"For?" returns Mrs. Chadband. "For his fare!"
Guster replied that "he insistes on one and eightpence or on summonsizzing the party." Mrs. Snagsby and Mrs. Chadband are proceeding to grow shrill in indignation when Mr. Chadband quiets the tumult by lifting up his hand.
"My friends," says he, "I remember a duty unfulfilled yesterday. It is right that I should be chastened in some penalty. I ought not to murmur. Rachael, pay the eightpence!"
While Mrs. Snagsby, drawing her breath, looks hard at Mr. Snagsby, as who should say, "You hear this apostle!" and while Mr. Chadband glows with humility and train oil, Mrs. Chadband pays the money. It is Mr. Chadband's habit--it is the head and front of his pretensions indeed--to keep this sort of debtor and creditor account in the smallest items and to post it publicly on the most trivial occasions.
"My friends," says Chadband, "eightpence is not much; it might justly have been one and fourpence; it might justly have been half a crown. O let us be joyful, joyful! O let us be joyful!"
With which remark, which appears from its sound to be an extract in verse, Mr. Chadband stalks to the table, and before taking a chair, lifts up his admonitory hand.
"My friends," says he, "what is this which we now behold as being spread before us? Refreshment. Do we need refreshment then, my friends? We do. And why do we need refreshment, my friends? Because we are but mortal, because we are but sinful, because we are but of the earth, because we are not of the air. Can we fly, my friends? We cannot. Why can we not fly, my friends?"
Mr. Snagsby, presuming on the success of his last point, ventures to observe in a cheerful and rather knowing tone, "No wings." But is immediately frowned down by Mrs. Snagsby.
"I say, my friends," pursues Mr. Chadband, utterly rejecting and obliterating Mr. Snagsby's suggestion, "why can we not fly? Is it because we are calculated to walk? It is. Could we walk, my friends, without strength? We could not. What should we do without strength, my friends? Our legs would refuse to bear us, our knees would double up, our ankles would turn over, and we should come to the ground. Then from whence, my friends, in a human point of view, do we derive the strength that is necessary to our limbs? Is it," says Chadband, glancing over the table, "from bread in various forms, from butter which is churned from the milk which is yielded unto us by the cow, from the eggs which are laid by the fowl, from ham, from tongue, from sausage, and from such like? It is. Then let us partake of the good things which are set before us!"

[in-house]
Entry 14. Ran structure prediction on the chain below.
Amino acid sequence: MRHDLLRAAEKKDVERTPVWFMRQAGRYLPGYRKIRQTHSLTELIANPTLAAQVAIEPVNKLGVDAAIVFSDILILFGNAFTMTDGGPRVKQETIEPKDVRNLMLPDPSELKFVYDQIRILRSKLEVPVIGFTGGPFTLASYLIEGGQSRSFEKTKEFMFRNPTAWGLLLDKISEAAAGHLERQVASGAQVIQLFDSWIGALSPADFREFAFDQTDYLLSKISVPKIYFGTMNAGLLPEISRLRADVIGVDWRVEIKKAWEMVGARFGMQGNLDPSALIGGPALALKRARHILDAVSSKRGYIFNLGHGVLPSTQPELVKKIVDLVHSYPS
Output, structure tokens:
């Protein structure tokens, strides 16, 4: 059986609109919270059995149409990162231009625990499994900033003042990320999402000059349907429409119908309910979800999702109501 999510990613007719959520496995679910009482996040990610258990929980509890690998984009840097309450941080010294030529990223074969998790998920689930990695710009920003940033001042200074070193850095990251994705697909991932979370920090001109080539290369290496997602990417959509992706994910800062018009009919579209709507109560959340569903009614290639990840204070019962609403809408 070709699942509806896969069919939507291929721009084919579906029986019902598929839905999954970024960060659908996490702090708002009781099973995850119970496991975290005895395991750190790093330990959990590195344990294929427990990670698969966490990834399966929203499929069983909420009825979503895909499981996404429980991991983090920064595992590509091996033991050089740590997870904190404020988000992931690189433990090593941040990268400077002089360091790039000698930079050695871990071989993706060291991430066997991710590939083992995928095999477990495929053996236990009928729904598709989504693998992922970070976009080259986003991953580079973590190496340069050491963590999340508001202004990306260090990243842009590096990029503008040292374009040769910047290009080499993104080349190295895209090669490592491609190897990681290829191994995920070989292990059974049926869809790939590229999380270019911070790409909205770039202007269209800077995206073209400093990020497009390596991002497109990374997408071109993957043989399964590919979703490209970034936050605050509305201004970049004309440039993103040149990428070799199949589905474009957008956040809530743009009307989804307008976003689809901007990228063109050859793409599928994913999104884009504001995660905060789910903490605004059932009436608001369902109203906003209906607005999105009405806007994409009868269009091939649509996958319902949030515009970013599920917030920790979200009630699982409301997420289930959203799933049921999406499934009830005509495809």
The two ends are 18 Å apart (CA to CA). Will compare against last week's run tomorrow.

The persecutors denied that there was any particular gift in Mr. Chadband's piling verbose flights of stairs, one upon another, after this fashion. But this can only be received as a proof of their determination to persecute, since it must be within everybody's experience that the Chadband style of oratory is widely received and much admired.
Mr. Chadband, however, having concluded for the present, sits down at Mr. Snagsby's table and lays about him prodigiously. The conversion of nutriment of any sort into oil of the quality already mentioned appears to be a process so inseparable from the constitution of this exemplary vessel that in beginning to eat and drink, he may be described as always becoming a kind of considerable oil mills or other large factory for the production of that article on a wholesale scale. On the present evening of the long vacation, in Cook's Court, Cursitor Street, he does such a powerful stroke of business that the warehouse appears to be quite full when the works cease.
At this period of the entertainment, Guster, who has never recovered her first failure, but has neglected no possible or impossible means of bringing the establishment and herself into contempt--among which may be briefly enumerated her unexpectedly performing clashing military music on Mr. Chadband's head with plates, and afterwards crowning that gentleman with muffins--at which period of the entertainment, Guster whispers Mr.